Consumer Reports on iPhone 4's Bad Reception: Duct Tape to the Rescue

Bad reception is a hardware problem, says Consumer Reports, which offers an easy, albeit ugly, fix: duct tape.

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Mon, July 12, 2010

CIO — Apple's iPhone 4 received another blow this week when Consumer Reports said it could not recommend the new smartphone because of reception problems.

The venerable publication that prides itself on independent product reviews bought three iPhone 4s from separate retailers in the New York area. Consumer Reports engineers then tested the devices in a radio frequency isolation chamber by connecting them to a base-station emulator, which simulates carrier cell towers, Consumer Reports says.

[ iPhone 4 complaints are mounting, reports CIO.com. Is a recall in its future? ]

The final analysis: Consumer Reports confirmed that the signal can degrade by up to 20 decibels when a finger or hand touches the gap between the two antennas on the iPhone 4's lower left side.

The findings are in stark contrast to Apple's claims that the reception problem stems from the way an algorithm calculates bars of reception, which conveniently frees AT&T's network from any culpability. Consumer Reports also tested the iPhone 3GS and Palm Pre in the same conditions, yet none of those phones experienced the same signal-loss problem.

When the iPhone 4's reception problem first surfaced, Apple said it was a problem shared by all phones in the "wireless world," and advised consumers to hold the iPhone differently. Two weeks ago, Apple reversed course by blaming software and promised to deliver a software update.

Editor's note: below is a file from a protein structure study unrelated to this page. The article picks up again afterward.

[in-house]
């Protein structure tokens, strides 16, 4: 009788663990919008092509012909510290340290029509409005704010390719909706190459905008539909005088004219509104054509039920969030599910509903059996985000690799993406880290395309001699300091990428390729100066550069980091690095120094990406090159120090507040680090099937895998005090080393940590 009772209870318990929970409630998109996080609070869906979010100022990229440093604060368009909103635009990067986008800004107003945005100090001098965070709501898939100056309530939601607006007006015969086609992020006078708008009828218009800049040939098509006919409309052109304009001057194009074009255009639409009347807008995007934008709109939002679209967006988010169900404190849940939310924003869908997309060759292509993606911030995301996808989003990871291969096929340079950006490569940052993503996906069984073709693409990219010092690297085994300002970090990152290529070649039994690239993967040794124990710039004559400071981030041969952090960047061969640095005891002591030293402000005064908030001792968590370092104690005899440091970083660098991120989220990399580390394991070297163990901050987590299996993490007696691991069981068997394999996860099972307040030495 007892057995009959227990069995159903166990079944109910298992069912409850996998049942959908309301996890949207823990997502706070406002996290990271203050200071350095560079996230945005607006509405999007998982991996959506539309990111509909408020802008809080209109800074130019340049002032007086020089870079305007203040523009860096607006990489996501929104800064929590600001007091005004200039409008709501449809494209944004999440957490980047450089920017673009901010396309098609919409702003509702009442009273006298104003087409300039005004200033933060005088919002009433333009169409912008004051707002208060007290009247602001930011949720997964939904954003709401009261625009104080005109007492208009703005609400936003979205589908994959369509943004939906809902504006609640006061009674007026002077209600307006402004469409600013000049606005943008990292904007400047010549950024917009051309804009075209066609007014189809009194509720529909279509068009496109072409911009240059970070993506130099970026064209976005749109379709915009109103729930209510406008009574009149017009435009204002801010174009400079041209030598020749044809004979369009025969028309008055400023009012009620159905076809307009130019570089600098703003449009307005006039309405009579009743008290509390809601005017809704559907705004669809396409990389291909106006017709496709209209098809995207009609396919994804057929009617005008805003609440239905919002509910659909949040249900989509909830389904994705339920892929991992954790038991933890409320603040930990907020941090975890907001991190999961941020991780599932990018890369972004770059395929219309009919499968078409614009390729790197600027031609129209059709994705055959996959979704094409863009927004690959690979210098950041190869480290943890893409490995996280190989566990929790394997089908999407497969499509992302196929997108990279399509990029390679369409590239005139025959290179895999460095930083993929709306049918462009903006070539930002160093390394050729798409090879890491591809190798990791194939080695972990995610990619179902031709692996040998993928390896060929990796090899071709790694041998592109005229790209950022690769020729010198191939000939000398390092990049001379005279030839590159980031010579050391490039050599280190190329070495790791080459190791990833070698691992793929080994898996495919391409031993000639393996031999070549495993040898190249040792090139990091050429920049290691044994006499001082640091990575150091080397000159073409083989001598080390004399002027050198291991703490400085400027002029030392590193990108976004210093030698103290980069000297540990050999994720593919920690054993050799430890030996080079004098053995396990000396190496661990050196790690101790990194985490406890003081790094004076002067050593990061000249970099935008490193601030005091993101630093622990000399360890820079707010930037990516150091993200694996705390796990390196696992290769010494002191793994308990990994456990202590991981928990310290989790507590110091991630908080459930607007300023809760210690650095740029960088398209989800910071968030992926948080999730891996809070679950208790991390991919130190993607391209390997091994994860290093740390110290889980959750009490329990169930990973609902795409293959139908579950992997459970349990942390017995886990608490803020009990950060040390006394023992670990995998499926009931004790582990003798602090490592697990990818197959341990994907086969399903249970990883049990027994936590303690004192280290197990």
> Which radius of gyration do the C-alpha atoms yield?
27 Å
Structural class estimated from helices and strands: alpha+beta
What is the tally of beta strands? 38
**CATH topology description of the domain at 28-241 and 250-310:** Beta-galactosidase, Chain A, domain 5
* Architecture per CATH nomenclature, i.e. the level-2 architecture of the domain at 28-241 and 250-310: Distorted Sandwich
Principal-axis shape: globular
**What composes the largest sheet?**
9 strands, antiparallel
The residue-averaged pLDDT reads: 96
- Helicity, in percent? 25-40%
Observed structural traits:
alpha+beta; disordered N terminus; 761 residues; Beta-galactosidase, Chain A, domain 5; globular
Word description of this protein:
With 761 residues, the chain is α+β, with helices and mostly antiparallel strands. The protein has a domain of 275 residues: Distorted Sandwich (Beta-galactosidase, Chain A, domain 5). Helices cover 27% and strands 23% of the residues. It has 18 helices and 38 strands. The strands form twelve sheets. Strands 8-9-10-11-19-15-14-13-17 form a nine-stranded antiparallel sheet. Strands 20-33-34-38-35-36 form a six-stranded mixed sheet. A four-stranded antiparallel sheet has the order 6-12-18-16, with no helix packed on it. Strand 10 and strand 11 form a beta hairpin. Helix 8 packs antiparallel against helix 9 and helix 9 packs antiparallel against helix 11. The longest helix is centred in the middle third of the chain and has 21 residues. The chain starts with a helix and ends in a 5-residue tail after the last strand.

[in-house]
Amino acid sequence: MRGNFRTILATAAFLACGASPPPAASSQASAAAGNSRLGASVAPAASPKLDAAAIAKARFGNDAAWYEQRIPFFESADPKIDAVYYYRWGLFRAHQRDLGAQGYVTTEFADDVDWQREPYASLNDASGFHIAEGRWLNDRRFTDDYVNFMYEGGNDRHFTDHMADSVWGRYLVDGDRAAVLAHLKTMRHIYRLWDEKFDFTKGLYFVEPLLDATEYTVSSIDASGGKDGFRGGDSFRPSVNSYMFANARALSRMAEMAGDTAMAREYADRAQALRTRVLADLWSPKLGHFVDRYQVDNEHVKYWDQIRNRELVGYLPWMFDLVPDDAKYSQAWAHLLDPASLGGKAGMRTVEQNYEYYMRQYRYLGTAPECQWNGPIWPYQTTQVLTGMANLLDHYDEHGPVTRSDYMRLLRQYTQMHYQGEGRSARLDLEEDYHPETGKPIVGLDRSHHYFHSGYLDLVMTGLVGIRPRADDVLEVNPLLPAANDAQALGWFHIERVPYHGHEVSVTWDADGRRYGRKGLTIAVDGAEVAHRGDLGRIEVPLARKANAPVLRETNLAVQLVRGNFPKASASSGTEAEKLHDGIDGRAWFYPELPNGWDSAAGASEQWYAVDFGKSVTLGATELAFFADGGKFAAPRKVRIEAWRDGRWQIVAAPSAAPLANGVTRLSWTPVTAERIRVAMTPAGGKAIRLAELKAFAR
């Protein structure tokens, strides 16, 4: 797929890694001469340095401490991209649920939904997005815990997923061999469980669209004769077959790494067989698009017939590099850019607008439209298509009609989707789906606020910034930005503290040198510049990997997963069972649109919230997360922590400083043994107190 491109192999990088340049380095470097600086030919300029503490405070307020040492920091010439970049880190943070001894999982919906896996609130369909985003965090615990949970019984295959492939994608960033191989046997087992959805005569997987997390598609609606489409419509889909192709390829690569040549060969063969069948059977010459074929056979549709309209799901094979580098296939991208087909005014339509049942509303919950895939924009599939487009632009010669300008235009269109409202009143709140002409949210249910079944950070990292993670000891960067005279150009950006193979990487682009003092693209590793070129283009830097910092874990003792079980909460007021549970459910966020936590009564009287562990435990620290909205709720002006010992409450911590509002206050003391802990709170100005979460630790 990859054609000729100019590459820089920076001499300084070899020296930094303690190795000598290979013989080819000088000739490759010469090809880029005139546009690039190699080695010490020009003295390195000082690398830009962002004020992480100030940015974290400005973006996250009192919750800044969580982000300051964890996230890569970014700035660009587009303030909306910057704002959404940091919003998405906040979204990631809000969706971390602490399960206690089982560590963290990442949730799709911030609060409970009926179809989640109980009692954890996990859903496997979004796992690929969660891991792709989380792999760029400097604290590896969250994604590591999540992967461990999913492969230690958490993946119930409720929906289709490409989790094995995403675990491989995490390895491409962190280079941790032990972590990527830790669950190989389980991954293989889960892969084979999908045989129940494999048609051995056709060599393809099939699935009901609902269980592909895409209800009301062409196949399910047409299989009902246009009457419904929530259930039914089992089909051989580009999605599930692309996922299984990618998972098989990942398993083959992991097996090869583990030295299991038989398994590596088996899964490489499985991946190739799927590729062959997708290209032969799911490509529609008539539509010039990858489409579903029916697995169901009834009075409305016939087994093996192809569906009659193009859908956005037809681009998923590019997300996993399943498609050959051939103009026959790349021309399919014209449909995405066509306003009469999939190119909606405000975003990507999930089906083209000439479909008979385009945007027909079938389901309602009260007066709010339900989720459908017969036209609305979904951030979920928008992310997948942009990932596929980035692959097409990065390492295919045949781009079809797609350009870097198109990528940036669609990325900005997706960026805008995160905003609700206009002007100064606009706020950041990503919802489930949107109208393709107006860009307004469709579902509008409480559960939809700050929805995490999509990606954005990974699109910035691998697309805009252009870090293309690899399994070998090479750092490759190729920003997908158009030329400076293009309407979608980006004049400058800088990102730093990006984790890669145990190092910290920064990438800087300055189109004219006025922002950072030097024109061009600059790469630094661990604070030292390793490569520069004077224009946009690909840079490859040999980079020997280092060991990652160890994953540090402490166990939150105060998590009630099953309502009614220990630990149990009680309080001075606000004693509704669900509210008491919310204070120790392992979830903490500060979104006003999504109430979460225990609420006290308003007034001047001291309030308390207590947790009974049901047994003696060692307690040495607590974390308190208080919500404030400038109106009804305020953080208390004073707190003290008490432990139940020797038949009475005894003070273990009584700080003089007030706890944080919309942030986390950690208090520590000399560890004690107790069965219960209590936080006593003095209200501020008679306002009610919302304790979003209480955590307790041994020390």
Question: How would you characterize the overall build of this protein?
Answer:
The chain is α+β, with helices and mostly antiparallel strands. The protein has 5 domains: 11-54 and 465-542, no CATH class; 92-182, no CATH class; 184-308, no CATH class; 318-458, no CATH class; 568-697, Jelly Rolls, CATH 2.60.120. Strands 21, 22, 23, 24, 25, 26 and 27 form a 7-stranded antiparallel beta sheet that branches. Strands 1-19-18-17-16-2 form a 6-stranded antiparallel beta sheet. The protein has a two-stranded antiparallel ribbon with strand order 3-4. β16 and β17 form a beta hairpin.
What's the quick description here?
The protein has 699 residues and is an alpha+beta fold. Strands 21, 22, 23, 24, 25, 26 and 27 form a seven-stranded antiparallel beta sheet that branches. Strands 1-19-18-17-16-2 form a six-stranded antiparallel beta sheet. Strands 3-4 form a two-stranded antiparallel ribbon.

"The antenna problem and Apple's screwy software response has become kind of a running joke," analyst Rob Enderle, of the Enderle Group, told CIO.com. A software problem can be fixed relatively easy, whereas a hardware problem carries the potential of a recall.

"No one wants to face Jobs' wrath if they had to actually do one," Enderle says.

Consumer Reports, however, did offer an easy fix: "Cover the antenna gap with a piece of duct tape or another thick, non-conductive material. It may not be pretty, but it works. We also expect that using a case would remedy the problem. We'll test a few cases this week and report back."

One can just imagine what the ever-aesthetic Apple chief Steve Jobs thinks of that solution.

Consumer Reports gave the iPhone 4 solid ratings on display sharpness and improved battery life over its predecessors. It even said the iPhone 4 has the best video camera of any phone. But the antenna problem looms as a major hurdle toward a Consumer Reports recommendation.

Concludes Consumer Reports: "If you want an iPhone that works well without a masking-tape fix, we continue to recommend an older model, the 3GS."

Tom Kaneshige covers Apple and Networking for CIO.com. Follow Tom on Twitter @kaneshige. Follow everything from CIO.com on Twitter @CIOonline. Email Tom at tkaneshige@cio.com.

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